“Supposing I said there was a planet without schools or teachers, where study was unknown, and yet the inhabitants- doing nothing but live and walk about- came to know all things, to carry in their minds the whole of learning; would you not think I was romancing? Well, just this, which seems so fanciful as to be nothing but the invention oof a fertile imagination, is a reality. It is the child’s way of learning. This is the path he follows. He learns everything without knowing he is learning it, and in doing so he passes little by little from the unconscious to the conscious, treating always in the paths of joy and love.”
- The Absorbent Mind, Chapter 3, M. Montessori
Supposing there was a planet without schools or teachers, and yet the inhabitants came to know all things. Supposing there was a planet without schedules and timeframes and standards to which to adhere, and yet the inhabitants came to know all things. Supposing there was a planet in which all the things we believe we know about Education fell apart, in which there were no more boundaries between where we live and where we learn.
Not so fanciful anymore, is it?
What a relief.
Montessori offered us this image to describe how children learn naturally, to chide us gently and sometimes not so gently for the ways in which we interfere with that learning, knowing that it would take a great upheaval to overturn the formalized systems of education that prioritize adult agendas over the lives of children.
Look around. None of the systems are in place anymore. And yet the children are still learning. Despite the separation from their classrooms, despite the lack of daily schedules or routines, of enrichment classes and afterschool programs, the children are still learning.
It’s not a matter of whether. It’s a matter of what.
The children will learn because learning is their natural path. If we accept that, that seemingly simple foundation that children are always learning, whether or not they’re in school, whether or not they’re in specialty programs, we have a much bigger task than just sorting out what curriculum to choose. If we accept that children are always learning, we can’t continue to pretend that the only places that need to be prepared for children are their classrooms. We can’t continue to pretend that the only people who have to prioritize them are their teachers. We can’t continue to pretend that the only lessons that matter are the ones they receive between 9AM and 3PM.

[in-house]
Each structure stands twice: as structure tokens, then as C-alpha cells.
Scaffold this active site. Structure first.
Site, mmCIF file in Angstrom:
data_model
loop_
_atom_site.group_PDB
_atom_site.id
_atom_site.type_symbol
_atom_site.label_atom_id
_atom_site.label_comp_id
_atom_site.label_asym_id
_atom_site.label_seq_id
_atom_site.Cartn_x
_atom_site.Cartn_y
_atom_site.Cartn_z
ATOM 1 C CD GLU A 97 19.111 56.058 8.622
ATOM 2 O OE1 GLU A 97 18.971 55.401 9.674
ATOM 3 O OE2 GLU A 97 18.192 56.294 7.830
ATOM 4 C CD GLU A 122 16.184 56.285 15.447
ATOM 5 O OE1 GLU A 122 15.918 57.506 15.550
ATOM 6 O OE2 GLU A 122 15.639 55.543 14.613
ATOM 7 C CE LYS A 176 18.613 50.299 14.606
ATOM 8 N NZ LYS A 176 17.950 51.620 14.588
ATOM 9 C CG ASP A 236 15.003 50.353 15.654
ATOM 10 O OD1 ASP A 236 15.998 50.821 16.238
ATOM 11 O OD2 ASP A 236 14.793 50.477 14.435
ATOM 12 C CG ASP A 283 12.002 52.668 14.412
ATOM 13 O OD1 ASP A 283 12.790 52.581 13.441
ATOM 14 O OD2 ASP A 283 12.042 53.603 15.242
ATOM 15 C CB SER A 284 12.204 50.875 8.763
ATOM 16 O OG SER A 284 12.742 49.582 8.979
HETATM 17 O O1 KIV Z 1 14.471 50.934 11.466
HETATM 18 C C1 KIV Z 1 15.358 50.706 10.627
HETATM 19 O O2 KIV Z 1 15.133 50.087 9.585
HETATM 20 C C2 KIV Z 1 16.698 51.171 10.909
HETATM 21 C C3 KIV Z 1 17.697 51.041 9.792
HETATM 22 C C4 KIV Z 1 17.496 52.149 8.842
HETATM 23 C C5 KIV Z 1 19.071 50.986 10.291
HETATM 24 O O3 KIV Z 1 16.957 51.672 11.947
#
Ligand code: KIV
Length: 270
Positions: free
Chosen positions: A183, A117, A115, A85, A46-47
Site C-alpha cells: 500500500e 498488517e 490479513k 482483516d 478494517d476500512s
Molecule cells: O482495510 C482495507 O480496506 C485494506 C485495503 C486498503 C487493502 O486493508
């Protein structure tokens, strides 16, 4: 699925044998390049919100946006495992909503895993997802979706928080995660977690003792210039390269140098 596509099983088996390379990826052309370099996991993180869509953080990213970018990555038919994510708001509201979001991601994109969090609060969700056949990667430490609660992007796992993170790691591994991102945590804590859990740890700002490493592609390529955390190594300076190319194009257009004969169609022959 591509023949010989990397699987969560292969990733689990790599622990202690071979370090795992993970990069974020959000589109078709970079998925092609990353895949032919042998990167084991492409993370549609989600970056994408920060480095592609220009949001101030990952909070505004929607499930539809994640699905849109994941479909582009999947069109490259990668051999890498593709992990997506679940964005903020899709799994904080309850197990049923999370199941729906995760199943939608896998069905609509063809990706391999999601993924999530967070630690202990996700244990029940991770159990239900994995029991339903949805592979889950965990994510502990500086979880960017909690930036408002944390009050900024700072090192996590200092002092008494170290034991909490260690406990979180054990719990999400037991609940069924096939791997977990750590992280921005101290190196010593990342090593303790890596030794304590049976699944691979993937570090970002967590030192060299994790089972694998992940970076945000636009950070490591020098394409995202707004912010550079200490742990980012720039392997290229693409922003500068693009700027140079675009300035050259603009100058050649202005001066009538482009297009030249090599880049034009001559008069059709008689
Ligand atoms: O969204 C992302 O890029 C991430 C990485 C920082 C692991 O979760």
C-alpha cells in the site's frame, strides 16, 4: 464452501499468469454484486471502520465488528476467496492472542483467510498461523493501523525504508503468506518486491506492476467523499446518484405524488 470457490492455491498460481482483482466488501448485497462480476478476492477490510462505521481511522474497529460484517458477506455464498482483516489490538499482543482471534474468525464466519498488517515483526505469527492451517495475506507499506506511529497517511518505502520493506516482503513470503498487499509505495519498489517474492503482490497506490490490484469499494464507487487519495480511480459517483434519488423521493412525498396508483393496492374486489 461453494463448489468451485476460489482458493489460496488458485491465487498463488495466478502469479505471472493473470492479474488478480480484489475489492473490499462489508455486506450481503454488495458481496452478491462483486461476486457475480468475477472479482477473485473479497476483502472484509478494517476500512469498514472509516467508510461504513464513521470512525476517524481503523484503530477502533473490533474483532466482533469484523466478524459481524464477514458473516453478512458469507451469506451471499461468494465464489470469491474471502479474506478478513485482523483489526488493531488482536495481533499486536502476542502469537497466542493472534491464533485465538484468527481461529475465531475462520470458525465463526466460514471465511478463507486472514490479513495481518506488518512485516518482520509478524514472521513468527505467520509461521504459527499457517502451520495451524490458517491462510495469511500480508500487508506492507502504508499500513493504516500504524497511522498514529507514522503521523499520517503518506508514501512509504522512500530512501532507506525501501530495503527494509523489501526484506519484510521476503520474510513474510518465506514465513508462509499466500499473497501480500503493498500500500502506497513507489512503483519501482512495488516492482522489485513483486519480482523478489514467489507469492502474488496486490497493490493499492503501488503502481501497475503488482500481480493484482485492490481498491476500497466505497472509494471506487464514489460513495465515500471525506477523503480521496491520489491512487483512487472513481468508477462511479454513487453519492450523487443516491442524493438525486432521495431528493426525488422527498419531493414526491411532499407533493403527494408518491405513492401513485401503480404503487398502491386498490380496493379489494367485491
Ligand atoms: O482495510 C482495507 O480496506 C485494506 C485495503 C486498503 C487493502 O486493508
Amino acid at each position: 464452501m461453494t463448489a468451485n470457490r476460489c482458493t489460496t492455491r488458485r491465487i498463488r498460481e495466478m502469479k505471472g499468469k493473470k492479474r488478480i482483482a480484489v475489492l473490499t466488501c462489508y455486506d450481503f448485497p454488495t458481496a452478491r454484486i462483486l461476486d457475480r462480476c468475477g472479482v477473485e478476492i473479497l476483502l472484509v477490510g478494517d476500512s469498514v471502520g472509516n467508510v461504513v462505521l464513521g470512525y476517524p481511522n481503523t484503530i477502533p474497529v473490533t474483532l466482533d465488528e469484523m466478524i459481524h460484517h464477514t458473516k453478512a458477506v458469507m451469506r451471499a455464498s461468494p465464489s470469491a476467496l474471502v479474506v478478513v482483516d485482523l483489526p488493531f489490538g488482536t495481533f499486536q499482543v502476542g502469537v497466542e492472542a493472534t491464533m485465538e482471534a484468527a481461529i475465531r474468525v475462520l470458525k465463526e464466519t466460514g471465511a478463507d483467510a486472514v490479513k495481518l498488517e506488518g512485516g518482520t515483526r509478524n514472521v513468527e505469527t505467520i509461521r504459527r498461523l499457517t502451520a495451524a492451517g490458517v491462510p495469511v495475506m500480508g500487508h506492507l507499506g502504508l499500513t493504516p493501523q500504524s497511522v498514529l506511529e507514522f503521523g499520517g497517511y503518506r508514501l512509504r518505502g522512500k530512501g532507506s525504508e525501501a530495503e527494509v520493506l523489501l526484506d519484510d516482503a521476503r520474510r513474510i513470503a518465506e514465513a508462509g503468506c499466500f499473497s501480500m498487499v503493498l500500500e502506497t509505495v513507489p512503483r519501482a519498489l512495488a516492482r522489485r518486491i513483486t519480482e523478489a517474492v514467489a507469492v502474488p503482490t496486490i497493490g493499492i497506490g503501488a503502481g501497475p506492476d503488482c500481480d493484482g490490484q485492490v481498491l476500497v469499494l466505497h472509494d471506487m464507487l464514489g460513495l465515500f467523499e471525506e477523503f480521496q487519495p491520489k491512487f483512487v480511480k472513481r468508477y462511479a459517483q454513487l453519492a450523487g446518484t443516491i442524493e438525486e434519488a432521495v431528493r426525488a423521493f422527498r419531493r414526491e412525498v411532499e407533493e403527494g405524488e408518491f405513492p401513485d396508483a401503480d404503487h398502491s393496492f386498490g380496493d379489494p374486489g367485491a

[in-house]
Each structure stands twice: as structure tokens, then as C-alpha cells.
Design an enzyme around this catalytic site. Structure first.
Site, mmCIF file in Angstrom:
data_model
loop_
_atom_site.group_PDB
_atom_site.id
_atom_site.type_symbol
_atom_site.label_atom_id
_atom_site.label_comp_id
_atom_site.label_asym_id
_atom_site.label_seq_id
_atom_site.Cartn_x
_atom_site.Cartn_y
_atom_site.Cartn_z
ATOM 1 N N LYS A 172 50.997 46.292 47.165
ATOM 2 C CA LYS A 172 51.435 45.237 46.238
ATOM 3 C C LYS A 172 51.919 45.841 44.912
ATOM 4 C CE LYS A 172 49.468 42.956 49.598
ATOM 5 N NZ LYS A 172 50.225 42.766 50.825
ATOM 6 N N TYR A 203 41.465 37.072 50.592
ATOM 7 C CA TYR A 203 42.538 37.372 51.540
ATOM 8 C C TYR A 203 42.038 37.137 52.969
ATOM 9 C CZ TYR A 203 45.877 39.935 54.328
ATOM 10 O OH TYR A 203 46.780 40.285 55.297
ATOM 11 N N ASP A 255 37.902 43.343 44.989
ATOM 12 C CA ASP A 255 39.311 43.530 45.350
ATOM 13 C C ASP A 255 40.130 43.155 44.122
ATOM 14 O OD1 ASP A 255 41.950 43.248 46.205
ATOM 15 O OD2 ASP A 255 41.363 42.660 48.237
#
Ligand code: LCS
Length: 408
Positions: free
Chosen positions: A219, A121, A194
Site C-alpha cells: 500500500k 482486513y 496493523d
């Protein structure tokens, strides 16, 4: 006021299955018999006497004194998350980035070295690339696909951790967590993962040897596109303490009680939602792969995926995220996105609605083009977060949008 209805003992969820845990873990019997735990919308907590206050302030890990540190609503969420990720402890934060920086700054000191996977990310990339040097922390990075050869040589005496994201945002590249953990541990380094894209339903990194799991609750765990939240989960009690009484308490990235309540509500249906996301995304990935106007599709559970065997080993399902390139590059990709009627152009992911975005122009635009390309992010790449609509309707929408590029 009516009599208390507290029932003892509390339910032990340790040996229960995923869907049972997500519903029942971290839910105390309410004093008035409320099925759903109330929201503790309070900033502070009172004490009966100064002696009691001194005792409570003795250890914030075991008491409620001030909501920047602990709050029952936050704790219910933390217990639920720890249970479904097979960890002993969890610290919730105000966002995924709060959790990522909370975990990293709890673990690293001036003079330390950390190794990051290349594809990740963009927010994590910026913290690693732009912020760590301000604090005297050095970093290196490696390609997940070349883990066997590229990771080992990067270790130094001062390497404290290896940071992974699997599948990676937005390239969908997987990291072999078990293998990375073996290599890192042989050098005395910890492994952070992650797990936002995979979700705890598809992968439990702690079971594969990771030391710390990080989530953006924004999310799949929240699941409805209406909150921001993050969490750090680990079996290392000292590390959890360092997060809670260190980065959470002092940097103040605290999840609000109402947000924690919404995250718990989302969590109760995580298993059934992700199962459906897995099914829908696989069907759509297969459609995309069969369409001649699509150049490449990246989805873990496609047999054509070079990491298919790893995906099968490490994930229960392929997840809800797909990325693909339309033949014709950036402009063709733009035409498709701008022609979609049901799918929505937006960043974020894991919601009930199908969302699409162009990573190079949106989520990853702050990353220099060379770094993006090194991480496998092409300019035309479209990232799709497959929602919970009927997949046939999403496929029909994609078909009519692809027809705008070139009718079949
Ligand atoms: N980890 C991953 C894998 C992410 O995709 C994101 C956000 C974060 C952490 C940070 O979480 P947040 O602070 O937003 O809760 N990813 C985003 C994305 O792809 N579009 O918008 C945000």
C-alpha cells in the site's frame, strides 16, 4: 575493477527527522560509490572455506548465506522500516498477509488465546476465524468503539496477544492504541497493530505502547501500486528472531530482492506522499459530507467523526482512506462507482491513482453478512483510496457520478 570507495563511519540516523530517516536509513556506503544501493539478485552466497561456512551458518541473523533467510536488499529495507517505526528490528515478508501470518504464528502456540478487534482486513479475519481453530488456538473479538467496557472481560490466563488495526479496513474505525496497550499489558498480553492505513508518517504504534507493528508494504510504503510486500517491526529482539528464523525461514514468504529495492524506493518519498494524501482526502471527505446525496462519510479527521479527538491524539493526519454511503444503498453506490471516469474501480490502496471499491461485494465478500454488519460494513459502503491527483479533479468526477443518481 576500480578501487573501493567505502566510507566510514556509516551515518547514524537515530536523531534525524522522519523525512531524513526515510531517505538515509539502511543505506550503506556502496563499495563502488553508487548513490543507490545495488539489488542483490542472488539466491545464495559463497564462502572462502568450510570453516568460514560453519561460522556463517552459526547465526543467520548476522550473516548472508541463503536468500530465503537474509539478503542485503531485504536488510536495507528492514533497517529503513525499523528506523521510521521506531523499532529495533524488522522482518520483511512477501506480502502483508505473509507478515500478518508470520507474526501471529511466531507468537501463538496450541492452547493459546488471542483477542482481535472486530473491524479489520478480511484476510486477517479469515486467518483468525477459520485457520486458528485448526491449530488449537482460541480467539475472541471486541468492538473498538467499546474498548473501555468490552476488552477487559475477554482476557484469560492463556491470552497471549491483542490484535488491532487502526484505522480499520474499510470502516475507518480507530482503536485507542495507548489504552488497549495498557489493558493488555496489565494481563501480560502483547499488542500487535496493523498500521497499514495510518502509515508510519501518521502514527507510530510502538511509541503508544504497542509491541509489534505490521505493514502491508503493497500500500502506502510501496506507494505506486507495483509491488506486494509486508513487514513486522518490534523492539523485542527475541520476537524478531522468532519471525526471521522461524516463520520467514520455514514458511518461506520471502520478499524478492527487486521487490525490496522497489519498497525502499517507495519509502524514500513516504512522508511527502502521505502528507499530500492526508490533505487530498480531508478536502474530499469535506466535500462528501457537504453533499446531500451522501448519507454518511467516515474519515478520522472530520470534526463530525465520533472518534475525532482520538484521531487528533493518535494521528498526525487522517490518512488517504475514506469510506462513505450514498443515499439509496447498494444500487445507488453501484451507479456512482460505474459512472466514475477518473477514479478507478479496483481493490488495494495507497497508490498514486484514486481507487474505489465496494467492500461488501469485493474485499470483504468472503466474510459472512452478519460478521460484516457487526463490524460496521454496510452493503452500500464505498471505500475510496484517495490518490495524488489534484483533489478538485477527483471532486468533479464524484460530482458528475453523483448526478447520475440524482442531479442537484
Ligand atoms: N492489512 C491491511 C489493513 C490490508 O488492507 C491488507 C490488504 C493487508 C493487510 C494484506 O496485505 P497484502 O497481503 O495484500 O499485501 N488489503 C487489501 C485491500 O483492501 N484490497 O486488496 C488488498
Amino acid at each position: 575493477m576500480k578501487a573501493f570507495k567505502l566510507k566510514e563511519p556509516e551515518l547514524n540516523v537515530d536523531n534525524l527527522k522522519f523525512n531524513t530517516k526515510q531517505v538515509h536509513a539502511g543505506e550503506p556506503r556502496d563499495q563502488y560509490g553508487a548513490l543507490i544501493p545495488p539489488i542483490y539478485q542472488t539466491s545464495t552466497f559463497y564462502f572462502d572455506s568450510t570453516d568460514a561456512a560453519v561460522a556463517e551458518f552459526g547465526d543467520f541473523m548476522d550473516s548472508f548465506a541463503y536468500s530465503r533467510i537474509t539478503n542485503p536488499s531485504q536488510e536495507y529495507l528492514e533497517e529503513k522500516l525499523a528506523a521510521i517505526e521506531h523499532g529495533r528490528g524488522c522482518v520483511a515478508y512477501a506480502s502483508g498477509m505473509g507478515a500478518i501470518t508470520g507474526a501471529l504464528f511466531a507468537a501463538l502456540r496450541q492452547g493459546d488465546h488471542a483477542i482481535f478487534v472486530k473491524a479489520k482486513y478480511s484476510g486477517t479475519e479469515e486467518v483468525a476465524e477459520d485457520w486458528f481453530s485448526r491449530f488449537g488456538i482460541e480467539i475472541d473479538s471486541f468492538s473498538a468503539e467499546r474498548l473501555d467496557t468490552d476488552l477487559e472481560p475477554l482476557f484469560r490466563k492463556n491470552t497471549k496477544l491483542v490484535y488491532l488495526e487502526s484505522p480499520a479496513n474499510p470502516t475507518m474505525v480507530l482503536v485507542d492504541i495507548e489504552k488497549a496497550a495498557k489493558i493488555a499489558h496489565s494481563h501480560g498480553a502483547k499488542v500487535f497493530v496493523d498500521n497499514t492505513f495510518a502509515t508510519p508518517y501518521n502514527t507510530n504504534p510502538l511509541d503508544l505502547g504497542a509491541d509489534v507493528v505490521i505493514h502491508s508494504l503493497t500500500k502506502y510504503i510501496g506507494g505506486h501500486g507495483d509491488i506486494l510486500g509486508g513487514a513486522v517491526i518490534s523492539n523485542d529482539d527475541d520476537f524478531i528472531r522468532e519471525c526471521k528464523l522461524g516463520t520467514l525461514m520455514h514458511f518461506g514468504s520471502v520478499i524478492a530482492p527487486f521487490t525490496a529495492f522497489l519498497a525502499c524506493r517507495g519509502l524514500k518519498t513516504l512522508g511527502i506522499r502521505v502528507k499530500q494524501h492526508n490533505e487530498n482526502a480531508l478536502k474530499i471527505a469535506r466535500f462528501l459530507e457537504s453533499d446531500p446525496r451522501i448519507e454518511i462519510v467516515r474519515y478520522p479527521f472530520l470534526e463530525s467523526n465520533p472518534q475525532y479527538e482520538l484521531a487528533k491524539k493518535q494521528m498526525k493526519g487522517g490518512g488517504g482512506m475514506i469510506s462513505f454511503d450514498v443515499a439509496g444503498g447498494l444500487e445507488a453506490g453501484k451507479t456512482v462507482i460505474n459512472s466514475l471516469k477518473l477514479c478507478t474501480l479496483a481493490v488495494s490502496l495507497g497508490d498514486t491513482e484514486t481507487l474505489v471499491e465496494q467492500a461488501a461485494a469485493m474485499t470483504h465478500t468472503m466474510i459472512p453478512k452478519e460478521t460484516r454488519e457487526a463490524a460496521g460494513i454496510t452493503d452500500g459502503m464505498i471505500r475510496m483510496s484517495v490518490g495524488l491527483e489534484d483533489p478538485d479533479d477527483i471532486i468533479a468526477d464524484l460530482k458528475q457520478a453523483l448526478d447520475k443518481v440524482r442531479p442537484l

Instead, we’ll focus on preparing ourselves, as teachers, parents and advocates, to support the children, wherever they are, whoever they are. We’ll attend to slowing down our pace instead of hurrying children along. We’ll observe them for what draws their interest and wonder instead of insisting they master particular content on a particular day. We’ll design our homes to be comfortable for all of the people who live there, to support each of our ability to contribute in meaningful ways, instead of relegating children to playrooms and bedrooms to pass their time without interrupting us too much. We’ll design our neighborhoods to be places in which children can explore, in which it is safe to walk on one’s own feet, at one’s own pace,
Instead, we’ll stop worrying about whether our children are falling behind, and focus instead on understanding the pace that is natural to them, the beat of each child’s own drummer, measured not by bureaucrats in distant cities, but by the inner choreographer of each child’s own dance, We will put aside our goals for who they’ll be and what they’ll love, and know that the most pure expression of our own love is to nurture them as they are, as each of them is, as each individual child is, a mystery and a gift,
Because if we accept that simple premise, we will have no choice but to attend not just to the lessons children learn in school, but to the lessons they learn all of the rest of the time as well. We will be as concerned with whether children understand their own worth as we are with whether they understand mathematics, whether they know the relationships on which they can rely as well as they know the rules of grammar. We will prepare lessons plans, yes, but we’ll make sure, first, we have prepared paths of joy and love, and we will, as Montessori guides us, follow the child.
* A response to Chapter 3, The Periods of Growth, The Absorbent Mind, M. Montessori